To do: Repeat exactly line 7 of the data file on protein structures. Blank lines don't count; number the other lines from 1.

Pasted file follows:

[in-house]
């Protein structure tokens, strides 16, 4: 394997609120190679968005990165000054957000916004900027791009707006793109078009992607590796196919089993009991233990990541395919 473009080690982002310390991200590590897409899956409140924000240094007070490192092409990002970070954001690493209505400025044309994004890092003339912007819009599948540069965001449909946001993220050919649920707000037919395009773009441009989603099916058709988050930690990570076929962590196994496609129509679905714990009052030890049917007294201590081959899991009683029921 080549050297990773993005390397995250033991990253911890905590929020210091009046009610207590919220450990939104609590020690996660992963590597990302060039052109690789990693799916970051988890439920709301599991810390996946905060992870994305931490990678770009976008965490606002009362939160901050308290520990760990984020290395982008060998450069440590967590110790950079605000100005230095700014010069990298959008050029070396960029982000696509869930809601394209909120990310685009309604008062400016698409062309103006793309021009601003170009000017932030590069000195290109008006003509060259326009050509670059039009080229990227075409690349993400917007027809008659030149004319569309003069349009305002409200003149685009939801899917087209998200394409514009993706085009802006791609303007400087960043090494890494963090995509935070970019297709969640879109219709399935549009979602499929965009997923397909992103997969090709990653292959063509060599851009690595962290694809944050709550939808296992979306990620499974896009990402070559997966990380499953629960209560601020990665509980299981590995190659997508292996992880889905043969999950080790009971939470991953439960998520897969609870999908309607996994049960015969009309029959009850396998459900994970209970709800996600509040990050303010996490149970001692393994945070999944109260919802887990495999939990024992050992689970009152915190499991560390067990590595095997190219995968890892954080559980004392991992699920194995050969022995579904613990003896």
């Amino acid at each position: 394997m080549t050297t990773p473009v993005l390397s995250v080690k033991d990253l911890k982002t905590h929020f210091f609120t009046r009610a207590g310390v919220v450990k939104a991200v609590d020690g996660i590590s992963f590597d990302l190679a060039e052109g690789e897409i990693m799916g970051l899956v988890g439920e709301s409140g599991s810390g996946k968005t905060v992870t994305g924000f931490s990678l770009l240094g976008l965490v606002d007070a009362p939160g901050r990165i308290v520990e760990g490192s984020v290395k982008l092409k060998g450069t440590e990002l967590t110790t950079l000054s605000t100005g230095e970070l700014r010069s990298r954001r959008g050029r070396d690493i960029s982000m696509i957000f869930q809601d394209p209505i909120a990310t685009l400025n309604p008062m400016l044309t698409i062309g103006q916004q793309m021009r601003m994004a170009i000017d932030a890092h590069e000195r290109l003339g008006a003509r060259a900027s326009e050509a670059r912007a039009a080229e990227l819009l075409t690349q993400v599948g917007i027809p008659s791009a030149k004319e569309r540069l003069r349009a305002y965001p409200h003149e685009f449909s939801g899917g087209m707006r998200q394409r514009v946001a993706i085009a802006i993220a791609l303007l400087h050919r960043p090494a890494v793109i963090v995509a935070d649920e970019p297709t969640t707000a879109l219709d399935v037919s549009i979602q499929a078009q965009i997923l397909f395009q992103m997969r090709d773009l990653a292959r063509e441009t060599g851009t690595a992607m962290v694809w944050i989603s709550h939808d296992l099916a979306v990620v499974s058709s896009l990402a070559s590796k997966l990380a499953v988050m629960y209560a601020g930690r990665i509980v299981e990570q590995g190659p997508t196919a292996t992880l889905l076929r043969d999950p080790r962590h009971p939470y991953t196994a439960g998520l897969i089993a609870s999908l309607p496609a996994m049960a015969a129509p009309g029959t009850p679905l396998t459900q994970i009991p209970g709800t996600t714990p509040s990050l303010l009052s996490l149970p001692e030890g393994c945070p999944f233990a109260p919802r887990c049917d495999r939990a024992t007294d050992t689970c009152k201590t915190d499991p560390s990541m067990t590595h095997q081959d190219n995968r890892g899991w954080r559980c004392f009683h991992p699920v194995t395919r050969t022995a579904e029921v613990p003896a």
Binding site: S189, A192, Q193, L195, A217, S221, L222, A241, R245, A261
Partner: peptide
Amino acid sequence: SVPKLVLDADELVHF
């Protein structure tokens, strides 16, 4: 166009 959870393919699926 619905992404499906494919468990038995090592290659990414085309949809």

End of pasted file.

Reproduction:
């Protein structure tokens, strides 16, 4: 166009 959870393919699926 619905992404499906494919468990038995090592290659990414085309949809």